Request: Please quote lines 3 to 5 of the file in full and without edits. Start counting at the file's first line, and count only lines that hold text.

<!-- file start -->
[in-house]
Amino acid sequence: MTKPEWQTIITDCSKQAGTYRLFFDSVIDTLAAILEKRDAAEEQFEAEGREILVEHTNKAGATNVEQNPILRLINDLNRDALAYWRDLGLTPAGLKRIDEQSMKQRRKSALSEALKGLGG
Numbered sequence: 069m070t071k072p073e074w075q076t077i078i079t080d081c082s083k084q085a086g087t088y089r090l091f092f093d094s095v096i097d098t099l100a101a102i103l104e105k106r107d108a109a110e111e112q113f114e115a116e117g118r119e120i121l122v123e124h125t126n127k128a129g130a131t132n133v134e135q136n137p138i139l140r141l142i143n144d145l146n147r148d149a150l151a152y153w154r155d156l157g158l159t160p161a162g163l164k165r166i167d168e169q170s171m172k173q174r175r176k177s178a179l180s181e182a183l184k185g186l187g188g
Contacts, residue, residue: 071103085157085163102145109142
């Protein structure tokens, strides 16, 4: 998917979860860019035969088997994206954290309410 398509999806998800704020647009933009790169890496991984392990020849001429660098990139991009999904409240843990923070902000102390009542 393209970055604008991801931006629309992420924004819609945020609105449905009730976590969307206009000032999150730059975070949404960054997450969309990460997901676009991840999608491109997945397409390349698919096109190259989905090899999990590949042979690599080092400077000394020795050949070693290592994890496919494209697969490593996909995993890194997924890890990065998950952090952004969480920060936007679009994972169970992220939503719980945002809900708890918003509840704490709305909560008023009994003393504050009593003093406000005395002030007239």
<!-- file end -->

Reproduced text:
Numbered sequence: 069m070t071k072p073e074w075q076t077i078i079t080d081c082s083k084q085a086g087t088y089r090l091f092f093d094s095v096i097d098t099l100a101a102i103l104e105k106r107d108a109a110e111e112q113f114e115a116e117g118r119e120i121l122v123e124h125t126n127k128a129g130a131t132n133v134e135q136n137p138i139l140r141l142i143n144d145l146n147r148d149a150l151a152y153w154r155d156l157g158l159t160p161a162g163l164k165r166i167d168e169q170s171m172k173q174r175r176k177s178a179l180s181e182a183l184k185g186l187g188g
Contacts, residue, residue: 071103085157085163102145109142
């Protein structure tokens, strides 16, 4: 998917979860860019035969088997994206954290309410 398509999806998800704020647009933009790169890496991984392990020849001429660098990139991009999904409240843990923070902000102390009542 393209970055604008991801931006629309992420924004819609945020609105449905009730976590969307206009000032999150730059975070949404960054997450969309990460997901676009991840999608491109997945397409390349698919096109190259989905090899999990590949042979690599080092400077000394020795050949070693290592994890496919494209697969490593996909995993890194997924890890990065998950952090952004969480920060936007679009994972169970992220939503719980945002809900708890918003509840704490709305909560008023009994003393504050009593003093406000005395002030007239």